All respect due to Sonnet, but right now anything less than a Beige G3 is just not worth spending money on unless you already have it or you’re getting it pretty much for free. And that goes double for the NuBus Power Macs or the 68000-based boxes, even the top of the line 68000s like the 840AV, which can outperform the first generation Power Macs in some areas.
There’s one exception. The 68000-based laptops are cheap enough that they still have an edge on price. But only the laptops still have this edge: When you can get a 7500 for under $30 including postage, and a G3 for $50-$60, there’s no point in settling for anything less.
- Thanks for the email Peter.
- I agree that the Beige G3 is excellent value, but I think that the advantages of the B&W, plus their relatively low price just nudge the Beige out. As for the pre-G3s, if I was planning to only run OS 9, I think I’d probably go for a 9600 before a G3. Of course, vs. the B&W, the Beige G3 has useful legacy ports and can run OS 9; so oftentimes it’s a case of heads or tails.
- A word count is a word count, and something had to be cut – the Beige G3 bit the dust. I do agree, though, I’d take a G3 over a 7500 any day.
- Personally, I’m not overly fussed on processor upgrades, but I suppose it’s a matter of personal choice.
- All the best.
From Peter Durfee:
I’m reading http://www.lowendmac.com/2004/which-macs-make-the-most-sense-and-why-you-want-os-9/ right now. Interesting piece. But you really, really need to get in there and replace “wither” with “whither.” (The mistake is on the LEM front page, too, thanks to its inclusion in the title of another article linked there.)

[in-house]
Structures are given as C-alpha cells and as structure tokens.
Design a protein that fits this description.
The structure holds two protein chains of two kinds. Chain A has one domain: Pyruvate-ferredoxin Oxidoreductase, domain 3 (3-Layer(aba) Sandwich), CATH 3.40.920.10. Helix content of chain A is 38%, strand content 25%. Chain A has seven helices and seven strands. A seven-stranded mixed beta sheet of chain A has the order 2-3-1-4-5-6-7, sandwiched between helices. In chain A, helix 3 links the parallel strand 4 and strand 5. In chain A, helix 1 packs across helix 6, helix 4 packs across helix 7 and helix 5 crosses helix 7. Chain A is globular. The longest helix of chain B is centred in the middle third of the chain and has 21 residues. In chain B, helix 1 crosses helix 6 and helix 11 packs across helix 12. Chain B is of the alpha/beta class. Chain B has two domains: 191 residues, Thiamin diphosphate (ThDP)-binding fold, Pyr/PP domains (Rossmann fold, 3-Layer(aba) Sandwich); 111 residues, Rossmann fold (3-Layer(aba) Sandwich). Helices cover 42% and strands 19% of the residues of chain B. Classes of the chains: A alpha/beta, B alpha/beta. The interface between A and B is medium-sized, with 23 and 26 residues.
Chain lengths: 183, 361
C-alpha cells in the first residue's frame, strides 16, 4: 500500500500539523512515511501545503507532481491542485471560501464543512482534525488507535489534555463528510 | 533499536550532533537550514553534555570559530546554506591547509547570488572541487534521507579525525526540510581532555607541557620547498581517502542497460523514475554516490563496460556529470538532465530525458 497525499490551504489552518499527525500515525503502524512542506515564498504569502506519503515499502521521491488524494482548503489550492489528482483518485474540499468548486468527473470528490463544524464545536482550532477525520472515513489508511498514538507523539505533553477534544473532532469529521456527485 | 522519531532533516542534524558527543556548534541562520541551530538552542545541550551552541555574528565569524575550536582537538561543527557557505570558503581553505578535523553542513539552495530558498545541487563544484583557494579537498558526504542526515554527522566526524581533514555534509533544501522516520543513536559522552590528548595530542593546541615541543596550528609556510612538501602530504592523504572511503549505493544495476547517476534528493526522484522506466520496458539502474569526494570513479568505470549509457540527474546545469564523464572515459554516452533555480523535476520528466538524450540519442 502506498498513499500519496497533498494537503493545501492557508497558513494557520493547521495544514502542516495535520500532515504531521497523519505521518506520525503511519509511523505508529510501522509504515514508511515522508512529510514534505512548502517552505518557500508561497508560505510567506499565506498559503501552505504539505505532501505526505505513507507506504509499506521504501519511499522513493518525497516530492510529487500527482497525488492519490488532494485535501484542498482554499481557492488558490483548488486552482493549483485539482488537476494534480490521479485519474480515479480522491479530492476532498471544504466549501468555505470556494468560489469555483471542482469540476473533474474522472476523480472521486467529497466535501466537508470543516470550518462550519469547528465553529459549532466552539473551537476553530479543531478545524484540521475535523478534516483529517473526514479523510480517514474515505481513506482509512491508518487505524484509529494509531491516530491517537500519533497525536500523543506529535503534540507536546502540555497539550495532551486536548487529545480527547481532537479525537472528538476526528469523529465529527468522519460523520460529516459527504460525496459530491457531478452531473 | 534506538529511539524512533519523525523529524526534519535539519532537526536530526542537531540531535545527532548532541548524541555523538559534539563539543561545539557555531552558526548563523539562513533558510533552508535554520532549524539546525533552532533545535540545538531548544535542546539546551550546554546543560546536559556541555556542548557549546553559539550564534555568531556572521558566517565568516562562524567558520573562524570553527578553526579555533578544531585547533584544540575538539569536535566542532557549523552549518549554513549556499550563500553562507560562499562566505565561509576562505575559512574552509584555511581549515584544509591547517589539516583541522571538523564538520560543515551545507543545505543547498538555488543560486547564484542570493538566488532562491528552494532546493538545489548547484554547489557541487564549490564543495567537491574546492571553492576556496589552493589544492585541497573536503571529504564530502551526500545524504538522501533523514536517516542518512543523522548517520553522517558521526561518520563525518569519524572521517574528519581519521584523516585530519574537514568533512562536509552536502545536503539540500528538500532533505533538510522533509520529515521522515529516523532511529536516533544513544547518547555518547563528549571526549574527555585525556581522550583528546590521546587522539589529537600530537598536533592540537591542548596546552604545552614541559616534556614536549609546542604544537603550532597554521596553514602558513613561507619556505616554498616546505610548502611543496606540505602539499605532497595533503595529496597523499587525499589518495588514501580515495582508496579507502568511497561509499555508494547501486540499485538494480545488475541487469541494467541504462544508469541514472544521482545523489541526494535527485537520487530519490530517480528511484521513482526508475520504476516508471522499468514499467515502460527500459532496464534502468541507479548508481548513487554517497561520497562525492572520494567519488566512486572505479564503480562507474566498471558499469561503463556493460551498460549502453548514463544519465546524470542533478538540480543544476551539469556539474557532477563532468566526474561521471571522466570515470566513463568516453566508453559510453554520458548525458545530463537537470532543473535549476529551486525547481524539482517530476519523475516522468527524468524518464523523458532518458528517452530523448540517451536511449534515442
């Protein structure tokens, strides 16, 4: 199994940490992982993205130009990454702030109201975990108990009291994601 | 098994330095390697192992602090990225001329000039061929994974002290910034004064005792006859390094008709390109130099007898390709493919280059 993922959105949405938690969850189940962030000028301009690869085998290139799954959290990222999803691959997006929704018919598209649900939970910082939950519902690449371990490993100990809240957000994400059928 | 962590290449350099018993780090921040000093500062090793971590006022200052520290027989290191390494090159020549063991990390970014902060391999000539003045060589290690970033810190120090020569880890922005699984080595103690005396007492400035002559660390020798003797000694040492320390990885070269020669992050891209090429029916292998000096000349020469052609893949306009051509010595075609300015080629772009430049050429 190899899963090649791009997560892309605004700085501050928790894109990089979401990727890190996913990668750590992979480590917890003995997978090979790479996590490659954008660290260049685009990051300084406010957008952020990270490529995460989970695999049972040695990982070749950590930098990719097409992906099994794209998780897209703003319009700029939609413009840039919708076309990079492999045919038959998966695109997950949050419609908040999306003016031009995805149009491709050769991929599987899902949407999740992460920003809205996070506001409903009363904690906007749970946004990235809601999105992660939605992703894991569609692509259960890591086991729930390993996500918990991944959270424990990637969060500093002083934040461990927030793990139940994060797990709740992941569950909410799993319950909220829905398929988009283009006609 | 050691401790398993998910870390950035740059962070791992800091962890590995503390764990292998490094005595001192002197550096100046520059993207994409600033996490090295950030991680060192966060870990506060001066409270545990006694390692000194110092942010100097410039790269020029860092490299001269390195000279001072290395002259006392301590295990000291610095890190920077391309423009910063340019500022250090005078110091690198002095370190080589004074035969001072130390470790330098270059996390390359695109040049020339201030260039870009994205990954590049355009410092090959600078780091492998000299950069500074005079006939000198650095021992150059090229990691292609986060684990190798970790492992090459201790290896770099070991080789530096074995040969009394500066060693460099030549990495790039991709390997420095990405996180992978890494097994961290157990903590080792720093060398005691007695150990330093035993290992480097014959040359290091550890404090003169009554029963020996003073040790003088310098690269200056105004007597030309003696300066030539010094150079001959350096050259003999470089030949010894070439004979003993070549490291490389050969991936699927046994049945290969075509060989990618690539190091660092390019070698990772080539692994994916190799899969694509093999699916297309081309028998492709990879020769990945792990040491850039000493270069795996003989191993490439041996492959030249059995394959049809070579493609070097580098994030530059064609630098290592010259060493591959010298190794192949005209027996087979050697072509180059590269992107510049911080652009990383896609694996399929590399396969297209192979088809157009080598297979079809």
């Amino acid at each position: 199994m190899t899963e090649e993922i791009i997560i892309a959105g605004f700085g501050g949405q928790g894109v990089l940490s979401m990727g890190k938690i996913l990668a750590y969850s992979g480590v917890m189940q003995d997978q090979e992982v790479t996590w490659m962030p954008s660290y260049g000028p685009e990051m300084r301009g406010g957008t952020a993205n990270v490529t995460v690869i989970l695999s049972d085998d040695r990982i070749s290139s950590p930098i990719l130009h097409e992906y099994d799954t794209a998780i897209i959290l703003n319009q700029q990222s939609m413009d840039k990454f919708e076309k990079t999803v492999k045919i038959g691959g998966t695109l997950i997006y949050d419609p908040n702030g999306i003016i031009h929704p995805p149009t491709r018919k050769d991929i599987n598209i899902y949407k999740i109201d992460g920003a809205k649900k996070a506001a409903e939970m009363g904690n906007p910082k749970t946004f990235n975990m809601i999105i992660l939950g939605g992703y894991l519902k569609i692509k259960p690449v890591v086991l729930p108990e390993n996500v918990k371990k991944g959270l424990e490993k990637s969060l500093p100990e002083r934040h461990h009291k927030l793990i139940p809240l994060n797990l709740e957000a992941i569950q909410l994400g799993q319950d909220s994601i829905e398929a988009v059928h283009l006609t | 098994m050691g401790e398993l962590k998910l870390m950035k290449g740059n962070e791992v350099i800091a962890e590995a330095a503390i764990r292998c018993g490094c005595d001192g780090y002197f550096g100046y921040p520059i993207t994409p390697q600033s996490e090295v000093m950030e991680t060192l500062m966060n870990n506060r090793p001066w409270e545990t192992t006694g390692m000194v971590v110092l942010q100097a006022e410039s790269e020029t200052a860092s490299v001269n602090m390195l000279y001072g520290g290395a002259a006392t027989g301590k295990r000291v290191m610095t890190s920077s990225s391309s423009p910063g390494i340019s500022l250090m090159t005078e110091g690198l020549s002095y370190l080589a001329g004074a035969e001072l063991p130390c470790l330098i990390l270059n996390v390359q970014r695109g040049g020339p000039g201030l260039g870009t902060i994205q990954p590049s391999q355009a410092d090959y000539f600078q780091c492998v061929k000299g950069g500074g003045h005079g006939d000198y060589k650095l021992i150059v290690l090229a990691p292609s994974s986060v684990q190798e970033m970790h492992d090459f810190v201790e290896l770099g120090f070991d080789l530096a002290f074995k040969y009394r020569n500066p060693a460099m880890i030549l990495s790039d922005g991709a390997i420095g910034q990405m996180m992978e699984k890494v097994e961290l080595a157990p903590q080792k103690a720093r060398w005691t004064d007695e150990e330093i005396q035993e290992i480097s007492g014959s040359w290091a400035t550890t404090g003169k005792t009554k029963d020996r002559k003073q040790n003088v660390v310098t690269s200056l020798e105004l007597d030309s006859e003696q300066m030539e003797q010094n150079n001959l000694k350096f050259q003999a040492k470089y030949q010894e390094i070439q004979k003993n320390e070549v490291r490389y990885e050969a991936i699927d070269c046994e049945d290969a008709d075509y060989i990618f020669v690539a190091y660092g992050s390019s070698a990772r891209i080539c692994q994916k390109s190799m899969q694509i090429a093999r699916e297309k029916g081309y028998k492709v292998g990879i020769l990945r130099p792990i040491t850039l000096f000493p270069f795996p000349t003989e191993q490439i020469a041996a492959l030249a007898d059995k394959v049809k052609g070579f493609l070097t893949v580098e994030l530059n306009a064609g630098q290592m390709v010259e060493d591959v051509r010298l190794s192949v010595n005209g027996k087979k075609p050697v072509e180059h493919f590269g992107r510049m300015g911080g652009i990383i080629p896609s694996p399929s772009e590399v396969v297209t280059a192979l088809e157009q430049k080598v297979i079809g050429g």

- I’ve taken a look at the LEM front page and, indeed, “wither” is used incorrectly: “Opinion: Wither art thou, low end Mac?, Alex Kayhill, Mac 360, 07.23. “How does the eMac compete for $799.” I’m not the editor of Low End Mac, so I can’t speak for it, but the article in question is an off-site link and outside of the responsibility of Low End Mac.
- With regard to style issues in general, my own work is written, as far as possible, to the standards of the Guardian Style Guide (which is available on-line at: http://www.guardian.co.uk/styleguide/0,5817,184913,00.html), and, of course, Fowler’s Modern English Usage. [Low End Mac’s style guide is fairly sparse but covers a lot of technical issues. ed]On the point of language generally, obviously, I have had to Americanise the spelling for a North American audience, but as I am a European and, in fact, live in Europe, Americanese does not come naturally to me, and the odd (traditional- or international-) English spelling or grammar may slip in, such as “Americanise” (or indeed, “Americanese”), for example. An American audience may well find my writing to be rather laced with nested assertions, parenthetical comments, and curious punctuation, but I assure you, it is legitimate English.
- Again, with regard to my use of the word “wither” in the subhead “Wither OS 9”, it is a joke, referring to the desiccated future of the classic Mac OS – “Wither on the vine”, etc. You’ll find my writing is full of linguistic and semantic jokes. Just think of them as ticks.
- All the best,
Keywords: #lowenddesigner #quarkxpress #indesign #photoshop #softwaresuites